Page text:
Wednesday, December 15, 2004

From the Lakoff Book Club

From tonight's mydd Book Club, highlights of Chris Bowers' thoughts on Don't Think of an Elephant

This is one of the keys to the entire idea of framing: progressives are so weak when it comes to using frames to articulate their beliefs that they do not even know how to talk to themselves about what they believe. We are unable to use short frames to evoke our own ideas, and instead resort to convoluted “hypercognition,” where long descriptions of simple ideas are required to explain our beliefs (read here: Al Gore and John Kerry). Because we have not invested the billions of dollars in think tanks and studies to learn how to talk to each other and evoke our beliefs in short frames, conservatives are far, far superior at framing than are progressives. Because of this, we are unable to evoke our frames in the minds of voters, end up reinforcing the frames of our opponents, and lose because their frame is dominant in the majority of the population.

Lakoff says that we must make the required infrastructure investment in think tanks, books, and language development that are required in order to better evoke our values to ourselves and to the 20-30% of the country that swings from one frame to the other. He notes that right now conservatives are able to invoke their entire worldview in just ten words: Strong Defense, Free Markets, Lower Taxes, Smaller Government and Family Values. However, progressive have a lot of work to do before they can reach that point:

"We progressives have a different ten word philosophy, but it won’t be as meaningful yet because it will take us a while to get our values, principles and directions out there. My nomination for a ten word philosophy versus theirs is the following: Stronger America, Better Future, Broad Prosperity, Effective Government, Mutual Responsibility."

Compare to the words at the top of the page here at Age of Reason (which come from here).

Meanwhile, Paul Rosenberg has this to say about the Right Wing Power Grab frame, which Democrats still haven't learned to transmit well enough:

Although Lakoff doesn't discuss this, the Right Wing Power Grab makes perfect sense in Strict Father terms. If conservatives really are so virtuous, and liberals really are so vile, then it makes perfect sense to say that only conservatives deserve to rule, and that virtually anything they do to win is therefore justified.  I believe that this is actually how conservatives think--although not necessarily consciously.

The book club also spent some time discussing the essentials of succeeding at the debate:

Show Respect
Respond by Reframing
Think and Talk at the Level of Values
Say What You Believe  

They are part of a much longer list. Among the gems.

An opponent may be disingenuous if his real goal isn't what he says his goal is. Politely point out the real goal, then reframe. Example: Suppose he starts touting smaller government. Point out that conservatives don't really want smaller government. They don't want to eliminate the military, or the FBI, or the Treasury and Commerce Departments, or the nine-tenths of the courts that support corporate law. It is big government that they like. What they really want to do away with is social programs -programs that invest in people, to help people to help themselves. Such a position contradicts the values the country was founded on-the idea of a community where people pull together to help each other. From John Winthrop on, that is what our nation has stood for.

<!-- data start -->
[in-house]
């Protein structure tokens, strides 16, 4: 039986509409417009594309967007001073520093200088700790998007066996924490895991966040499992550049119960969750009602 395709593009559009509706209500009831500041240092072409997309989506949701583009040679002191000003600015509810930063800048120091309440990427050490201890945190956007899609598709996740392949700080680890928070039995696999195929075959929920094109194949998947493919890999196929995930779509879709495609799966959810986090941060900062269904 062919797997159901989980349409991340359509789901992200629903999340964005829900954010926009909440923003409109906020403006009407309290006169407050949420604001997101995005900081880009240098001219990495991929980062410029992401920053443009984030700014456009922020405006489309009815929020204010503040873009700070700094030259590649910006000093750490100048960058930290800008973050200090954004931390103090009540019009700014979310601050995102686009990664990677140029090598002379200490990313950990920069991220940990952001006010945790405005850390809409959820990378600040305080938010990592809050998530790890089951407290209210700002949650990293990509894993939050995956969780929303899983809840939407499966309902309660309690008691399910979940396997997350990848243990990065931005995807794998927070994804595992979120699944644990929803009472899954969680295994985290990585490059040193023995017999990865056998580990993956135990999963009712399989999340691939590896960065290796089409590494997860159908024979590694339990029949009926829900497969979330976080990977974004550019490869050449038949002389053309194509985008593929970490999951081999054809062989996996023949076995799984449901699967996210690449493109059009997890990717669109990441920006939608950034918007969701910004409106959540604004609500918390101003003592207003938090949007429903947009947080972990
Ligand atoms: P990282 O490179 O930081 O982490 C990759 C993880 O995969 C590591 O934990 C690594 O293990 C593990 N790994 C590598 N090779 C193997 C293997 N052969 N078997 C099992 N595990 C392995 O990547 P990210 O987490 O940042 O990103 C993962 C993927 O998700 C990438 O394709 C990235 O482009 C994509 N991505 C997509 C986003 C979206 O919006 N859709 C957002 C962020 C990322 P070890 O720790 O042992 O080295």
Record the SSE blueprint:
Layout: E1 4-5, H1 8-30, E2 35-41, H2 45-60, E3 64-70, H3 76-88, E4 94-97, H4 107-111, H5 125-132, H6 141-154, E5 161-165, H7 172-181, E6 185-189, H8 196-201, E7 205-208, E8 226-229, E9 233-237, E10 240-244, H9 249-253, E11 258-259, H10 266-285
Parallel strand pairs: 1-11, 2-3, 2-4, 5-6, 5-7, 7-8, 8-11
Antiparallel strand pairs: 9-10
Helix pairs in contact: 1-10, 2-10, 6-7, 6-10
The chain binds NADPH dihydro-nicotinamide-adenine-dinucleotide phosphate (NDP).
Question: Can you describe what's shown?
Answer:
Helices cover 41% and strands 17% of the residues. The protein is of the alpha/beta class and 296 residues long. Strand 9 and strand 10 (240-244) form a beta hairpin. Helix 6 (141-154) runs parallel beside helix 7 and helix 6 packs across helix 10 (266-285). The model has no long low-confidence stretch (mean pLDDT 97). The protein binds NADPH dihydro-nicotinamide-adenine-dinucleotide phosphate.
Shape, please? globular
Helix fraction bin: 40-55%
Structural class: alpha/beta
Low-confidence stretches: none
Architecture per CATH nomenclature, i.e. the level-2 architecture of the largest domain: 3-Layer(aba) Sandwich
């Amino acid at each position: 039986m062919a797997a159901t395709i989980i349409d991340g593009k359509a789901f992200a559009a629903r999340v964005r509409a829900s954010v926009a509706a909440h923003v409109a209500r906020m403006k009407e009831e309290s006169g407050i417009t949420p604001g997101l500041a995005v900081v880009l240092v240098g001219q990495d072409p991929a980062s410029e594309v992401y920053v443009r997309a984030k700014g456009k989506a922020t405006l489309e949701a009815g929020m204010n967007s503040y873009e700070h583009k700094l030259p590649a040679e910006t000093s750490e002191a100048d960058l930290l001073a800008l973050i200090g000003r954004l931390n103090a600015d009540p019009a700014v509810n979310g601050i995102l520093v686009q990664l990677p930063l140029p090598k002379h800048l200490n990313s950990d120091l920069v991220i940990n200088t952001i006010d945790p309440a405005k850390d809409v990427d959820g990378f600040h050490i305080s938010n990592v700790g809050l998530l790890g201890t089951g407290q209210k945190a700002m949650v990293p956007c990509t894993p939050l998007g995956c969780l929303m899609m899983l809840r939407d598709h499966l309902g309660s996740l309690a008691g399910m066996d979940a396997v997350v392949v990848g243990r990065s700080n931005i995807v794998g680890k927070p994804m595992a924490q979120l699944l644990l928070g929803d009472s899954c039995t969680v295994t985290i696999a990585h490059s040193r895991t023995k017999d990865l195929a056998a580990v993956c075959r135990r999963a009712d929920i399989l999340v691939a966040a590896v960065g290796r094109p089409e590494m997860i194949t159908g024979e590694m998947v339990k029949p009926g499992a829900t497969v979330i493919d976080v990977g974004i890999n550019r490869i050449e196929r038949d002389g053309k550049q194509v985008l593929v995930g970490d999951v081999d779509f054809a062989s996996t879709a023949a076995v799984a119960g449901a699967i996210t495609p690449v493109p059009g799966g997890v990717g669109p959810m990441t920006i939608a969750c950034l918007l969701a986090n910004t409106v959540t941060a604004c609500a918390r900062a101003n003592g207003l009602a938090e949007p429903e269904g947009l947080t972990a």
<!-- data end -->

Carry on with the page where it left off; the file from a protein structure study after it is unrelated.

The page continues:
But my favorite is a funny one: "If you remember nothing else about framing, remember this: Once your frame is accepted into the discourse, everything you say is just common sense. Why? Because that's what common sense is: reasoning within a commonplace, accepted frame," funny to me because I've always been acutely aware that to think of something as common sense is to cop out of arguing for it rationally.


At 11:22 AM, Anonymous Anonymous said...

"stronger america" and "better future" are sort of lame folks. They are so vague as to not say anything. Here are some alternative "short-hands for the left" for discussion:

"Safe for innovation" = America is great because people can take risks and fail, which requires a safety net but is also a pro-business voicing. This supports social security, college loans, small business loans, etc. and heck! "change" is in the title!

"Make friends not enemies" = let's do diplomacy and not just bomb. We are safer when talking, chatting. This is an old saying and will strike reason into many people. The danger here is being accused of appeasement, but the language is of "making enemies" not recognizing them...

"Strong through leadership" This suggests America should be strong and leading - but "leadership" implies you aren't going it alone - that people/countries are following.

"Four little girls in the church" = civil rights, anti-hate, note the word "church" as well as "little girls". very powerful message. and if someone doesn't know- they're going to ask - "what was the story with the four little girls?"

ok, that's it for now.



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